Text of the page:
On Monday, the United Kingdom (UK) government announced a reversal of the bulk of its September tax-cutting measures in yet another emergency action to ensure economic stability and provide confidence in its commitment to fiscal discipline.
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The basic rate of income tax is set to remain at 20 percent until economic conditions allow for it to be cut, Chancellor of the Exchequer Jeremy Hunt said. The 1.25-percentage-point increase in dividends tax will remain and the VAT-free (value-added tax) shopping scheme for foreign visitors to the country will no longer be taken forward.
Added to the earlier package of government decisions worth 21 billion British pounds (US$23.8 billion) aimed at keeping the increase in corporation tax and the highest 45-percent rate of income tax, these changes, taken together, are estimated to be worth around 32 billion pounds a year.
The support scheme for UK households and businesses facing rising energy costs will only run until next April, and a Treasury-led review will be conducted after that to consider what support will be needed then.
On Sept. 23, the government unveiled a 45-billion-pound tax cut package, the largest since 1972, to boost economic growth, but it threw financial markets into turmoil as the British pound collapsed to record lows and government borrowing costs rose sharply.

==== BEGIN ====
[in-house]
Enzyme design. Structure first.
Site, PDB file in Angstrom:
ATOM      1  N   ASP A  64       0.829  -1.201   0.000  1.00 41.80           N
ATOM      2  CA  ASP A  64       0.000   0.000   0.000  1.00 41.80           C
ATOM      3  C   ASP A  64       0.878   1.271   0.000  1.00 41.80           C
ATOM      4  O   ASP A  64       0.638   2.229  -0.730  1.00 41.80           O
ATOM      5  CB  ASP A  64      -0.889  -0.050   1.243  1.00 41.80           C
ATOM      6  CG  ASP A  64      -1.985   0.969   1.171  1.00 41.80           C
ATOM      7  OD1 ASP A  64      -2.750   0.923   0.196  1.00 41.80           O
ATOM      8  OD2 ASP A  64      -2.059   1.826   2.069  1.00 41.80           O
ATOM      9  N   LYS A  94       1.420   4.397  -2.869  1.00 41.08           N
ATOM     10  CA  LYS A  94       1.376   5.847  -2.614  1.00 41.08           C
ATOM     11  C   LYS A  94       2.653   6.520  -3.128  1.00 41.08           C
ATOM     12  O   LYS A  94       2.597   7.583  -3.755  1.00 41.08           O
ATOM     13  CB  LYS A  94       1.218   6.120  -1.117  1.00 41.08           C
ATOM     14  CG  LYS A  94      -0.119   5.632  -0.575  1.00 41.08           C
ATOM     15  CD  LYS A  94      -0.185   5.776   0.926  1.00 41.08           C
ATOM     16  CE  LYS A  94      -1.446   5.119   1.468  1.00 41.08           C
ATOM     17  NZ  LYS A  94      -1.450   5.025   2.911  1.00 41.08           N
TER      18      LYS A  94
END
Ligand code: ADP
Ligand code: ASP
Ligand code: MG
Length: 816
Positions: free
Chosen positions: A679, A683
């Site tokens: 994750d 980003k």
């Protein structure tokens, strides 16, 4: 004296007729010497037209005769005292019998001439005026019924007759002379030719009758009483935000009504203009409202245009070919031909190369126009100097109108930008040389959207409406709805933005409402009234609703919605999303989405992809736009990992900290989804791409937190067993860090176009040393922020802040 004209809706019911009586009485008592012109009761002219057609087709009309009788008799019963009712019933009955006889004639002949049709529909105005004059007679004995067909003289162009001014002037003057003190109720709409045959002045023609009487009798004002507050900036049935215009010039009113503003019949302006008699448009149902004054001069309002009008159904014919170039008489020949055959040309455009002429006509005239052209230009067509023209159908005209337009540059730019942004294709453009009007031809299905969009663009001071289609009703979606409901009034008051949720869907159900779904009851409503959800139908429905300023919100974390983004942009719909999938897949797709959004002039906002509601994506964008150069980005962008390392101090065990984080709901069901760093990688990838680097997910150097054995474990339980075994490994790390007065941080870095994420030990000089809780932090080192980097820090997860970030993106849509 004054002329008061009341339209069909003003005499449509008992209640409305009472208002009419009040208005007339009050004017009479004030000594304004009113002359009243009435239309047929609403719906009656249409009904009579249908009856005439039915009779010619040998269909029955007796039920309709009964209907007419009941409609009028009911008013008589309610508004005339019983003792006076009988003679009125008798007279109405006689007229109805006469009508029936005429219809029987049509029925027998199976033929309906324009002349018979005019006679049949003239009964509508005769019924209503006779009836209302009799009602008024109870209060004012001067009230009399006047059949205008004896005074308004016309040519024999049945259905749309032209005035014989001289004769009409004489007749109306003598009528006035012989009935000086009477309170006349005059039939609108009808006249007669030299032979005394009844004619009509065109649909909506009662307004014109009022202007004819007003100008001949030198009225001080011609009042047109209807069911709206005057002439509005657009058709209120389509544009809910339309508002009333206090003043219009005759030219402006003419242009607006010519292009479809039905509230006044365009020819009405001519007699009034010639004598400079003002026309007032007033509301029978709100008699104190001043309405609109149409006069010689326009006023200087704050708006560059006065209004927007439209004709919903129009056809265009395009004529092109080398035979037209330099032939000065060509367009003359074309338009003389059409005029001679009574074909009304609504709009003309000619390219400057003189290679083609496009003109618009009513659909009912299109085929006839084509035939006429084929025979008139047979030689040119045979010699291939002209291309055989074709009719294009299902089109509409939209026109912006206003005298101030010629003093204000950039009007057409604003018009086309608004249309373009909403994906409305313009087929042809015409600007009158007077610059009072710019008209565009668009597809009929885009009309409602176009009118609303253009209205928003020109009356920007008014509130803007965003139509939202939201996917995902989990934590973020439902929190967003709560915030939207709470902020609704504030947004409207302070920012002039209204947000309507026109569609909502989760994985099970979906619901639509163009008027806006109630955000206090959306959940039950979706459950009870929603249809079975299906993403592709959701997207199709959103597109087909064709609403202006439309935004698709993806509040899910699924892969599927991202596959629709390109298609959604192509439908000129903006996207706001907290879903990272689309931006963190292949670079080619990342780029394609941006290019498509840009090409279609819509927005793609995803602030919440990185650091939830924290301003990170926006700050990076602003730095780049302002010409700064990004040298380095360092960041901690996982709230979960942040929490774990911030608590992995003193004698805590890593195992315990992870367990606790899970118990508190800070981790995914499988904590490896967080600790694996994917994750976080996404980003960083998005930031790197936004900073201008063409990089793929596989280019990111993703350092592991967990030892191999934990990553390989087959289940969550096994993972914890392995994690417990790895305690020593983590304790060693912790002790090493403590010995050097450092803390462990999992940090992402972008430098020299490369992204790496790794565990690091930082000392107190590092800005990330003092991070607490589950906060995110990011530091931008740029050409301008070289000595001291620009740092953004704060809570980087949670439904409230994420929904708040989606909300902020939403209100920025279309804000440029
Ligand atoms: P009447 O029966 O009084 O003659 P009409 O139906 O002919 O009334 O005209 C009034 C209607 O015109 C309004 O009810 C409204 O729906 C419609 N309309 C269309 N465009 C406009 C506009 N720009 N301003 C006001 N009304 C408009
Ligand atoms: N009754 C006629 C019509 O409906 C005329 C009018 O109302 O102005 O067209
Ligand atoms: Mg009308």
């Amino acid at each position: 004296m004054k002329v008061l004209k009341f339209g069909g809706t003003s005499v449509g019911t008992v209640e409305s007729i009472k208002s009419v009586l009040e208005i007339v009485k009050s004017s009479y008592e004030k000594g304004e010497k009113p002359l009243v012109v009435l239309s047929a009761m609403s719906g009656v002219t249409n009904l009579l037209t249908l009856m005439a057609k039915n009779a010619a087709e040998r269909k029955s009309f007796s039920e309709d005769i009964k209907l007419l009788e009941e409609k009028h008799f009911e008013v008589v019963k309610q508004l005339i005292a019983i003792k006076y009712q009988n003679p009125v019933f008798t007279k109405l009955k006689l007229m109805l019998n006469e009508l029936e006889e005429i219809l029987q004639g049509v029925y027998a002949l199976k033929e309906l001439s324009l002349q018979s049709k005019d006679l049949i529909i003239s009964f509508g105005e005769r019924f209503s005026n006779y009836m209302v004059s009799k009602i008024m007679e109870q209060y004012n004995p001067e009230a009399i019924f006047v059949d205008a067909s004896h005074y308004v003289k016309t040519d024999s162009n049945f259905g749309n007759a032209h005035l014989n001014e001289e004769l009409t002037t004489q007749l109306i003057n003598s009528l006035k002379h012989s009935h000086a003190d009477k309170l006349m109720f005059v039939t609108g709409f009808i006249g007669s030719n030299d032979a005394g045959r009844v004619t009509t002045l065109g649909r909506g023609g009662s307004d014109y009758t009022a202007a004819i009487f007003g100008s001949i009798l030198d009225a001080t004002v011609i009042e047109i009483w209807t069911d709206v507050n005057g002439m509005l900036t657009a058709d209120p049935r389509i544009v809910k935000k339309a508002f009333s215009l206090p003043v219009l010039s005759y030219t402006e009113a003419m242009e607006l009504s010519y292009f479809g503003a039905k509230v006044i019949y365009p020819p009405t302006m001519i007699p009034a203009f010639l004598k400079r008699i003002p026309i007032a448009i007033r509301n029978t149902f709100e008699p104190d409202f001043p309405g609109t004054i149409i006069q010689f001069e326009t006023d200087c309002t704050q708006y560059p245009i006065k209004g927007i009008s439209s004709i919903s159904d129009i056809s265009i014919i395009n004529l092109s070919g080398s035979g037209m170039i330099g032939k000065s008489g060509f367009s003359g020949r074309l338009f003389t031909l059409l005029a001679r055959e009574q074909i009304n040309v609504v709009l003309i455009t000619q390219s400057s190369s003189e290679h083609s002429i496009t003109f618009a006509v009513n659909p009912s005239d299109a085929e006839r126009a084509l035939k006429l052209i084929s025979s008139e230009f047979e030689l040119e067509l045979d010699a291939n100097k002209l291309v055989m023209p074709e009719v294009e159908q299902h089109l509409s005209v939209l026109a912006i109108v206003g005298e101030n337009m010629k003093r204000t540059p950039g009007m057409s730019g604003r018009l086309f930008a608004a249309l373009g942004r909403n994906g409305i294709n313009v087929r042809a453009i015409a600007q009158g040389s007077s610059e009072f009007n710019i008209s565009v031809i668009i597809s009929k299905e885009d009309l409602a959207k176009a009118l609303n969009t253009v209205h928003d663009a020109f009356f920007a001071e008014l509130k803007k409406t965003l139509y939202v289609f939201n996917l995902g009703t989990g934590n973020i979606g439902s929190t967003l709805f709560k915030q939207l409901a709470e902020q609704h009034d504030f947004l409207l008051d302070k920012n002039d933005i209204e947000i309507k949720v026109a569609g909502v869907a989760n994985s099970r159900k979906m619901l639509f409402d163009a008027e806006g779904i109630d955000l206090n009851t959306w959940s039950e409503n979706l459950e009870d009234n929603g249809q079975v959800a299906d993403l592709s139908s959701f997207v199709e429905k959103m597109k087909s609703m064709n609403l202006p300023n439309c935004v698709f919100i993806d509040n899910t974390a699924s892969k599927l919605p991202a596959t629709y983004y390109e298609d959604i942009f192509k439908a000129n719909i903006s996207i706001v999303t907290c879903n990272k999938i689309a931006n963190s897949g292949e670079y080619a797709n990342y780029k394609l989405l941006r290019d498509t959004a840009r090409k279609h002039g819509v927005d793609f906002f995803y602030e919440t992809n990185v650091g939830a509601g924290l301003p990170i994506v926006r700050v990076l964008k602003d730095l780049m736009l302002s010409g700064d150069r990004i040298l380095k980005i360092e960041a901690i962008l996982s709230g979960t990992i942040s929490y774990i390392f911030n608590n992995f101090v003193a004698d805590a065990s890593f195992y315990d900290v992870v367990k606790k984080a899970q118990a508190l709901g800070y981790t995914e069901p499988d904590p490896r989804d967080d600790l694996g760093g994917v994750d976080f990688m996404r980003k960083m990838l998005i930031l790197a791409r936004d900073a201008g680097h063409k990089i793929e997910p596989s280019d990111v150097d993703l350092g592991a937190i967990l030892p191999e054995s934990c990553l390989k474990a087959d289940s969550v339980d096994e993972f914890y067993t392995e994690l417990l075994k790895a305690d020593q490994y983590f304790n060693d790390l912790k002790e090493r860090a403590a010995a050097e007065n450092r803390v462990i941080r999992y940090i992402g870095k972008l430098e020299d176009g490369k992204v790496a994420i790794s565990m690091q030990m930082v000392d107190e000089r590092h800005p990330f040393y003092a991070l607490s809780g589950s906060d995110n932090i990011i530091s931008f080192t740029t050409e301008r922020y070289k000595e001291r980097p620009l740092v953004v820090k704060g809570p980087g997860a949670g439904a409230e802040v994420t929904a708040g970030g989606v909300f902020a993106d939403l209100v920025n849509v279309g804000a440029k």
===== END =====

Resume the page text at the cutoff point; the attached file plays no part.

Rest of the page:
Investors are concerned that the tax-cutting measures will ramp up public borrowing, bring serious fiscal uncertainty and push up already high inflation.
To calm markets, the Bank of England announced temporary purchases of long-dated UK government bonds in the end of September, and later stepped up the measures, increasing the maximum size of the auctions and expanding bond buying to include index-linked gilts.
On Monday, the central bank confirmed that it terminated these operations and ceased all bond purchases on Friday, noting that "these operations have enabled a significant increase in the resilience of the sector."